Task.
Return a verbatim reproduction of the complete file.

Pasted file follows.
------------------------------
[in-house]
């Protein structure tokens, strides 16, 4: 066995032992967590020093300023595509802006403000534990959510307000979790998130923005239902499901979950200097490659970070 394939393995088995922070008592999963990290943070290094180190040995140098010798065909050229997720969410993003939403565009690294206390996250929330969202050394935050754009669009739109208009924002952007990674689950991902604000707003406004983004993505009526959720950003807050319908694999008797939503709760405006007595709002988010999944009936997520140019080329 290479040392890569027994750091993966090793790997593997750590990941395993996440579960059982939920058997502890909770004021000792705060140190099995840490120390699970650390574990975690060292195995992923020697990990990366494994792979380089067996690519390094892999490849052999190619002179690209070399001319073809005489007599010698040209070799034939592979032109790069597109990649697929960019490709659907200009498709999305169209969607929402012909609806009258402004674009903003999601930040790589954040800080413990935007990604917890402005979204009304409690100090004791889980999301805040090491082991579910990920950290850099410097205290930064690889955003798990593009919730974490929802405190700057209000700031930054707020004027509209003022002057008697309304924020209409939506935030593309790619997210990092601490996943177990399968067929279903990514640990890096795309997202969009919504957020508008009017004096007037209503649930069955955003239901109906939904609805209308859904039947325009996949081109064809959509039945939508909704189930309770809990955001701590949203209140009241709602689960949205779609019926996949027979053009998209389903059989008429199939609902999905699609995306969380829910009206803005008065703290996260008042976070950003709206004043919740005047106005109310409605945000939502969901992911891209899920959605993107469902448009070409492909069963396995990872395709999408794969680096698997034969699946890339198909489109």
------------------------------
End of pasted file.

[in-house]
């Protein structure tokens, strides 16, 4: 066995032992967590020093300023595509802006403000534990959510307000979790998130923005239902499901979950200097490659970070 394939393995088995922070008592999963990290943070290094180190040995140098010798065909050229997720969410993003939403565009690294206390996250929330969202050394935050754009669009739109208009924002952007990674689950991902604000707003406004983004993505009526959720950003807050319908694999008797939503709760405006007595709002988010999944009936997520140019080329 290479040392890569027994750091993966090793790997593997750590990941395993996440579960059982939920058997502890909770004021000792705060140190099995840490120390699970650390574990975690060292195995992923020697990990990366494994792979380089067996690519390094892999490849052999190619002179690209070399001319073809005489007599010698040209070799034939592979032109790069597109990649697929960019490709659907200009498709999305169209969607929402012909609806009258402004674009903003999601930040790589954040800080413990935007990604917890402005979204009304409690100090004791889980999301805040090491082991579910990920950290850099410097205290930064690889955003798990593009919730974490929802405190700057209000700031930054707020004027509209003022002057008697309304924020209409939506935030593309790619997210990092601490996943177990399968067929279903990514640990890096795309997202969009919504957020508008009017004096007037209503649930069955955003239901109906939904609805209308859904039947325009996949081109064809959509039945939508909704189930309770809990955001701590949203209140009241709602689960949205779609019926996949027979053009998209389903059989008429199939609902999905699609995306969380829910009206803005008065703290996260008042976070950003709206004043919740005047106005109310409605945000939502969901992911891209899920959605993107469902448009070409492909069963396995990872395709999408794969680096698997034969699946890339198909489109």